There are other money issues to consider. Core Spaces is willing to pay Ann Arbor $10 million for the property’s development rights. The city has said half would go into the affordable housing fund. Jen Eyer adds:
“The other $5 million will be used to repurchase the ‘Y-Lot,' which is a site right across the street and right next to the Blake Transit Center, and that could be developed into affordable housing, as well.”
When it comes to the affordable housing issue, Alan Haber says city officials need to adapt and change policy, not sell off what little remains of the city’s open space.
“The new city council should enact a formula to take a certain percent of all the new money that comes into the affordable housing fund, so there's a guaranteed income stream. Whether that's from the hotel tax, the marijuana tax, or the parking fees.”
Jessica A.S. Letaw is part of the community organization “Welcoming Ann Arbor.” That group is part of the “Vote No” campaign.” She is also a sitting member of the Ann Arbor Downtown Development Authority Board. While the DDA is not taking a formal stance on Proposal A, Letaw says the Core Spaces plan would generate a good deal of revenue for the city beyond the sale price.
"Conservative, but pretty peg-on estimates, estimate that the project will generate approximately $2 to $2.3 million in taxes every year. That includes taxes that go to the Ann Arbor District Library, the public schools as well as basic services, like roads, fixing the potholes and improving our public safety."
Prop A opponents continue to emphasize that, if passed, the urban park plan amounts to an unfunded mandate. Will Hathaway disagrees, saying:
"Actually, we’re in a very sort of ironically enviable position for a park, because located in the downtown, we can draw on the funds of the Downtown Development Authority."
Is that true? Ann Arbor Mayor Christopher Taylor says, technically, DDA money could be used for some of the urban park project. But, DDA board member Joan Lowenstein says it’s unlikely.
"The DDA is not just an ATM for any idea that comes up in the downtown. The mission of the DDA is to provide infrastructure that will enhance economic development within our downtown district. So economic development to our infrastructure was the underground parking garage at Library Lane. We built the parking garage so that we can encourage development of something on top and that something was going to be a multi-use building."
Alan Haber says there are other options for funding.
“So, when we talked to the Ann Arbor Community Foundation, they said, 'Very interesting. If you get approval, then come and talk to us.' Similarly, the Rotary Club, similarly the other foundations and rich people with whom I and others have talked.”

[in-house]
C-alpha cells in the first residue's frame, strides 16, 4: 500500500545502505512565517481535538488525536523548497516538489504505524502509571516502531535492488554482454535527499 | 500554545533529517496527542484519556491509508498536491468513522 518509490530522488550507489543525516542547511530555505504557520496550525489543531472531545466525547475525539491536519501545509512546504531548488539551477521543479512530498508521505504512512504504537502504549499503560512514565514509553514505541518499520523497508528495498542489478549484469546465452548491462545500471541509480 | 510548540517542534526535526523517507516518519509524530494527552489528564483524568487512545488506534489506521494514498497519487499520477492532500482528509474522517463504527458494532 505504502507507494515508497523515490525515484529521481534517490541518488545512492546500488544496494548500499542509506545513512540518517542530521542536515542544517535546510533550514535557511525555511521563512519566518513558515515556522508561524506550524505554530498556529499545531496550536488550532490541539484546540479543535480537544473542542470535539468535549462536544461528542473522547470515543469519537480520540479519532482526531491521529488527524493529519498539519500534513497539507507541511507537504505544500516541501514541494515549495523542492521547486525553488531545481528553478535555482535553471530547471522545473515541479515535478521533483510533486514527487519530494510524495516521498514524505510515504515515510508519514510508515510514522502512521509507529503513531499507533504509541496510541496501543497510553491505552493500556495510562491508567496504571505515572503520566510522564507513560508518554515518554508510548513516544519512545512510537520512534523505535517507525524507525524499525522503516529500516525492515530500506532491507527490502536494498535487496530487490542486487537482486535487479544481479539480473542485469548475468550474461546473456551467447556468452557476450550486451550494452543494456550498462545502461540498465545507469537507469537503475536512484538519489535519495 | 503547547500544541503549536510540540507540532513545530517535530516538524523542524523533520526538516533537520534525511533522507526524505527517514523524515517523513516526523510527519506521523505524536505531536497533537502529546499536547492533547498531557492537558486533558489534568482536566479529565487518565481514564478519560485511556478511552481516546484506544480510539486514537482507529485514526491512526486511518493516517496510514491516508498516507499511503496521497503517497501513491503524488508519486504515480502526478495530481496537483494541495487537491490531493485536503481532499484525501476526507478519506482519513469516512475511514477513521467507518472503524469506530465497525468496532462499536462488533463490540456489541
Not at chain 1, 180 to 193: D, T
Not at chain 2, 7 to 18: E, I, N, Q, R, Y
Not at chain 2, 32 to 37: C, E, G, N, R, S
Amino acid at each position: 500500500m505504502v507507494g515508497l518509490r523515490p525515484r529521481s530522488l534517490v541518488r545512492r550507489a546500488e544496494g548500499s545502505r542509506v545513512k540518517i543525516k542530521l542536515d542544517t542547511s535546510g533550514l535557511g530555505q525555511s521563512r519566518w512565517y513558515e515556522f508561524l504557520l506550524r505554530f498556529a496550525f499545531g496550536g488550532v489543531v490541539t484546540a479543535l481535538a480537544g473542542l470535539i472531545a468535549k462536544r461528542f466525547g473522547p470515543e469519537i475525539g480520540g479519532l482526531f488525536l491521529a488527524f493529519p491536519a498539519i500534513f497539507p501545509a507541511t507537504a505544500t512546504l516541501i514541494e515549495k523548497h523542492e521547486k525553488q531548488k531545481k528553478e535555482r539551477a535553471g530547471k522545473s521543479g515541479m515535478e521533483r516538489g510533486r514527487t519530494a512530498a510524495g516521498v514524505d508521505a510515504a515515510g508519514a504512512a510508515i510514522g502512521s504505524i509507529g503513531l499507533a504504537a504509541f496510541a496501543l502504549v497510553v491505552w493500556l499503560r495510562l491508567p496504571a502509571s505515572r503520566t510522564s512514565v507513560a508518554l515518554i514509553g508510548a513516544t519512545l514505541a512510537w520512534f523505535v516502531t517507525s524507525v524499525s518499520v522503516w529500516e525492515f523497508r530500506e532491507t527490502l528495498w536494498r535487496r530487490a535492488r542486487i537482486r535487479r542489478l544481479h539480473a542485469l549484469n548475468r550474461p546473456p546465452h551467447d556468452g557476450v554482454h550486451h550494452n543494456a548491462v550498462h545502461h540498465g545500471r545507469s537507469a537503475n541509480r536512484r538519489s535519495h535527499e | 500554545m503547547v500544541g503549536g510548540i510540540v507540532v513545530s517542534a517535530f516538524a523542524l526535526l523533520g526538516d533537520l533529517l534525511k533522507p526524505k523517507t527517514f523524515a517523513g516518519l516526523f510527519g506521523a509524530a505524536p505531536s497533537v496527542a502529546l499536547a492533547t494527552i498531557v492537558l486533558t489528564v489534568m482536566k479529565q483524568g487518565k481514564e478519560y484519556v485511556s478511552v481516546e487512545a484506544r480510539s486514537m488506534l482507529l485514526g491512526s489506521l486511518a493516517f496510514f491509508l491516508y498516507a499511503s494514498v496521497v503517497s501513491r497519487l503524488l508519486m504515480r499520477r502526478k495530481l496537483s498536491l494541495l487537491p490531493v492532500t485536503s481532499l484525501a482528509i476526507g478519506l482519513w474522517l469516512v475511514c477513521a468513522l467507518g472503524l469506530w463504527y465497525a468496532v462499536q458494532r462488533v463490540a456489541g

There is also the matter of politics. When city council agreed to sell the Library Lot’s development rights, the vote was 8-3. Mayor Christopher Taylor was among those leading the push. At a Prop A public forum, voter Frank Wilhelme told WEMU the mayor has ulterior motives.
"He and his council allies have spent over a million dollars on the proposed train station. They don’t know where dollar one is coming for the $85 million construction of that train station. The Treeline project, the green corridor around the downtown, that doesn’t have permit funding. So, he is very selective on what he will back and how he presents it."
Mayor Taylor says there are significant differences in his approach to city projects and the way Proposal A supporters are operating.
"I am not proposing that we amend our city charter to obligate the city to build a train station. I am not recommending that we change our city charter to obligate us to build a Treeline. If you’re going to include an obligation to develop an area to retain an area for a civic commons, there needs to be funding for it and there simply isn’t any funding here."
Now the question becomes, what happens after voters render a decision on November 6th? Community Commons spokesperson Alan Haber says that some of the mayor’s allies won’t be there post-election.
"The election in August changed the dynamic, when the Democratic Party, when the mayor’s group was not able to keep their people in office. Kurt Westphal was defeated. The person they put up in the first ward was defeated, Chuck Warpehoski, who was sure he was in, he was defeated, and Graydon Krapohl in the fourth ward was defeated by new people."
If Proposal A passes, the city charter would be amended. As stated, word-for-word, in the ballot proposal, the Library Lot would be: “Designated, in Perpetuity, as an Urban Park and Civic Center Commons to be Known as the "Center of the City." Would that bring an end to the “Library Lot” issue? Mayor Taylor says:
"I am uncertain as to the language’s legal effect. It would certainly be possible for Core Spaces to seek to have the language invalidated if they came to the conclusion that it was somehow improper. So, I guess if Proposal A passes, there will be a high level of uncertainty and we’ll see what happens next."
Core Spaces issued a statement to WEMU that it would internally discuss its options before deciding what to do, should voters pass Proposal A. If it is defeated, it doesn’t mean a high-rise will suddenly pop up. There is still a pending lawsuit on the matter.
City council members Anne Bannister and Sumi Kailasapathy sued the city, Mayor Taylor, and City Clerk Jackie Beaudry over the Core Spaces agreement. They contend the sale of the Library Lot development rights was illegally executed. The arguments have been heard in Washtenaw County Circuit Court, but it is unclear when Judge David Swartz will issue his ruling.
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— Jorge Avellan is a reporter for 89.1 WEMU News. Contact him at 734.487.3363 or email him firstname.lastname@example.org